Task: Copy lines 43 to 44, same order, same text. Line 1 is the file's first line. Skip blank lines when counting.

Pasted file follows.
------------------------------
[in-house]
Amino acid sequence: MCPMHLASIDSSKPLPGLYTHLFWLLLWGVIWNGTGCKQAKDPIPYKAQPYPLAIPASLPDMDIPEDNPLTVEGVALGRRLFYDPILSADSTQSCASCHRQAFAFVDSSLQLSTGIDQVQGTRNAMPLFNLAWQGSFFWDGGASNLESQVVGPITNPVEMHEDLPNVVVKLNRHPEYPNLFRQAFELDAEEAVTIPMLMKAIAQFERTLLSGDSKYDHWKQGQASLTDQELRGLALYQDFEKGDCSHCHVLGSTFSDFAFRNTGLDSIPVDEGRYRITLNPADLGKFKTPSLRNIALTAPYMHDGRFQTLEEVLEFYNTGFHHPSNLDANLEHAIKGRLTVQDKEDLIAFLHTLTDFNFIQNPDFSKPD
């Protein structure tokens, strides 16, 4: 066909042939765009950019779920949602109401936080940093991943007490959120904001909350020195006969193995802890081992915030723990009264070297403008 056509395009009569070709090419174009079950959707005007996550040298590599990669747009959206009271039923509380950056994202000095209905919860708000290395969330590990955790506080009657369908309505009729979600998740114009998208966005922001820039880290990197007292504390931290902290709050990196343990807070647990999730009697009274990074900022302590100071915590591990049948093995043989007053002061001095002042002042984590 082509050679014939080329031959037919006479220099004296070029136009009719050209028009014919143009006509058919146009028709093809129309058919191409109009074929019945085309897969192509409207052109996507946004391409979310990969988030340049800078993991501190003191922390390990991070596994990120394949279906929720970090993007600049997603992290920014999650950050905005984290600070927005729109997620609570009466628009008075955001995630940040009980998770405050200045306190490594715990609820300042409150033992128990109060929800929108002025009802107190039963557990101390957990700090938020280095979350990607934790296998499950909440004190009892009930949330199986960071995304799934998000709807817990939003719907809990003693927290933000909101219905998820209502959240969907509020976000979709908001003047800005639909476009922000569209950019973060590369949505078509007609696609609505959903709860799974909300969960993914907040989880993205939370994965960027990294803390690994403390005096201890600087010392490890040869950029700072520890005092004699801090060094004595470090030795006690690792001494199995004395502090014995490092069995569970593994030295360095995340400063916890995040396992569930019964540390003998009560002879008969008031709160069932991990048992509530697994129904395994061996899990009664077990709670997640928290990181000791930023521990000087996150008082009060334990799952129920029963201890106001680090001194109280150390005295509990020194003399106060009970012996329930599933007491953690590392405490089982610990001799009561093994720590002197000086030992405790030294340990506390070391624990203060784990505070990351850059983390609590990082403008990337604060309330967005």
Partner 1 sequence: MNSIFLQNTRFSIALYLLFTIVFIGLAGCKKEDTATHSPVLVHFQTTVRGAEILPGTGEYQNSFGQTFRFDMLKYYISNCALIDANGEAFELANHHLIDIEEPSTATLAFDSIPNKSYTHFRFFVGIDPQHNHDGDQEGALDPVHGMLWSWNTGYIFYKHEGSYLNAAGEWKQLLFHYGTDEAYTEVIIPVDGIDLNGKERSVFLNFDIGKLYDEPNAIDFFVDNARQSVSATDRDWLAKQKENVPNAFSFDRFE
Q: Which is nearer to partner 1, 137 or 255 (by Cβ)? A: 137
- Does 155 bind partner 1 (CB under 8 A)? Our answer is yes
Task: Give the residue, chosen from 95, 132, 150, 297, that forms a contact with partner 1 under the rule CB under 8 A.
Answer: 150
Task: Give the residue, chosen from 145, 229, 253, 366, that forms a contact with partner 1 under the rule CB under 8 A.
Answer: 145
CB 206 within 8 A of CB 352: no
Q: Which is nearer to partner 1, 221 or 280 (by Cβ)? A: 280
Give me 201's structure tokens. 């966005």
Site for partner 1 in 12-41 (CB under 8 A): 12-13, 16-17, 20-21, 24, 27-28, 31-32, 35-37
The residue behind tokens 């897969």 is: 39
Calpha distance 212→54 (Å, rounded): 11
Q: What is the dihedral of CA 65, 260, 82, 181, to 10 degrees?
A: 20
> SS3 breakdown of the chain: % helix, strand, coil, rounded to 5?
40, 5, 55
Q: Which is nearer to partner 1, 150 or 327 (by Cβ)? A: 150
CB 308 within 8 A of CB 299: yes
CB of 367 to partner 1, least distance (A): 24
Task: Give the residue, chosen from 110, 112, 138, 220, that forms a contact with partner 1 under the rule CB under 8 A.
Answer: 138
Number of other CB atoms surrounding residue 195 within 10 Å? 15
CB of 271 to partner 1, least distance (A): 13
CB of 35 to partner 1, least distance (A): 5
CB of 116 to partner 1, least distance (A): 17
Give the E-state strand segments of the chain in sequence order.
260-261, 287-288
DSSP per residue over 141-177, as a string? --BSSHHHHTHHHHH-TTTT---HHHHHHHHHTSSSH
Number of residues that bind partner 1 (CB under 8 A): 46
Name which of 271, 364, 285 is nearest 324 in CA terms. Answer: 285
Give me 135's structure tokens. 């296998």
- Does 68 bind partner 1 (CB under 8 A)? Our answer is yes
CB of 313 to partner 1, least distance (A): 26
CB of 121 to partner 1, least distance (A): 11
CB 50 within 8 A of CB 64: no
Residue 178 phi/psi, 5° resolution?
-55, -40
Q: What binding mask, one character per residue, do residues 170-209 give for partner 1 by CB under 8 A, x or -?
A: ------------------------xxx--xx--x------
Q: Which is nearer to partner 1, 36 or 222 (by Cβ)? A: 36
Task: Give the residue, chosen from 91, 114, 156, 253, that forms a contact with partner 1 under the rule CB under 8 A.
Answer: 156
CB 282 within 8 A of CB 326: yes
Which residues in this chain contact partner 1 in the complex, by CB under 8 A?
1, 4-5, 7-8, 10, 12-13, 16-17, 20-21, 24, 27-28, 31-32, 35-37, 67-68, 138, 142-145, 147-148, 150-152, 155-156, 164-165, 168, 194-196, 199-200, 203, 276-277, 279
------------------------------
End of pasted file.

A: ------------------------xxx--xx--x------
Q: Which is nearer to partner 1, 36 or 222 (by Cβ)? A: 36